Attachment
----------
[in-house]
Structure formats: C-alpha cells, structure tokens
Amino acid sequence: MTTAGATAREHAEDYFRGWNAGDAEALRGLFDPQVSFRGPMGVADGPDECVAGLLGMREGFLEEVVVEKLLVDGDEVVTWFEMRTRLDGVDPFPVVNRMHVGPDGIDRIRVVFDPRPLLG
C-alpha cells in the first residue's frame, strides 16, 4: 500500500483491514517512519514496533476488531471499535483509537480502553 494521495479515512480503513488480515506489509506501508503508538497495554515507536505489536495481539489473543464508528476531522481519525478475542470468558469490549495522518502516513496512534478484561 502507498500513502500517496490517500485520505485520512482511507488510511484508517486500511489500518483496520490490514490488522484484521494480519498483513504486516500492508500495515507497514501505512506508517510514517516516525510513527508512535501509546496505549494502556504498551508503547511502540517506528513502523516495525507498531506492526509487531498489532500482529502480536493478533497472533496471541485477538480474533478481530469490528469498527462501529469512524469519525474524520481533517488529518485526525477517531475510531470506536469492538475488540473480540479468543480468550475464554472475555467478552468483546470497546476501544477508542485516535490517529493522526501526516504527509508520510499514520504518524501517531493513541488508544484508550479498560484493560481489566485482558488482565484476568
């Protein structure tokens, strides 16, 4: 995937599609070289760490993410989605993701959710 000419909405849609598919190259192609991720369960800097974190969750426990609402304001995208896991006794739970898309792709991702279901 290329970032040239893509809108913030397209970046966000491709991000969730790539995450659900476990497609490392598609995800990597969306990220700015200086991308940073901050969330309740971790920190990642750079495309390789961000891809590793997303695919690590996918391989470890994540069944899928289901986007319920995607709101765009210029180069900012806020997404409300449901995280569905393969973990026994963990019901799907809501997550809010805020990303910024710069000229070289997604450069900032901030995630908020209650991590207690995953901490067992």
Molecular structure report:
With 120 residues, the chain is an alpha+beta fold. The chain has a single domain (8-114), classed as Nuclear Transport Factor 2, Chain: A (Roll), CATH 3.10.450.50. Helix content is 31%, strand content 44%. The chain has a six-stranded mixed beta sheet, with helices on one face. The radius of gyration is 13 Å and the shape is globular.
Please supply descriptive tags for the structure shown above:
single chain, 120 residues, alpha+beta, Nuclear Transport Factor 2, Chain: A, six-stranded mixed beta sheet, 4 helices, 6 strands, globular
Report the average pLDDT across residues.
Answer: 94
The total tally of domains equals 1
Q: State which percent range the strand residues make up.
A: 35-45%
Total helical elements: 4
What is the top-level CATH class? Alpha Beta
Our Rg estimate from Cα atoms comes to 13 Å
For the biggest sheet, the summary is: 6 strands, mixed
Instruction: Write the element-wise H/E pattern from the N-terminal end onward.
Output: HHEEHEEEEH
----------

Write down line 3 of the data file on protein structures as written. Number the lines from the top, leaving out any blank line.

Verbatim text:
Amino acid sequence: MTTAGATAREHAEDYFRGWNAGDAEALRGLFDPQVSFRGPMGVADGPDECVAGLLGMREGFLEEVVVEKLLVDGDEVVTWFEMRTRLDGVDPFPVVNRMHVGPDGIDRIRVVFDPRPLLG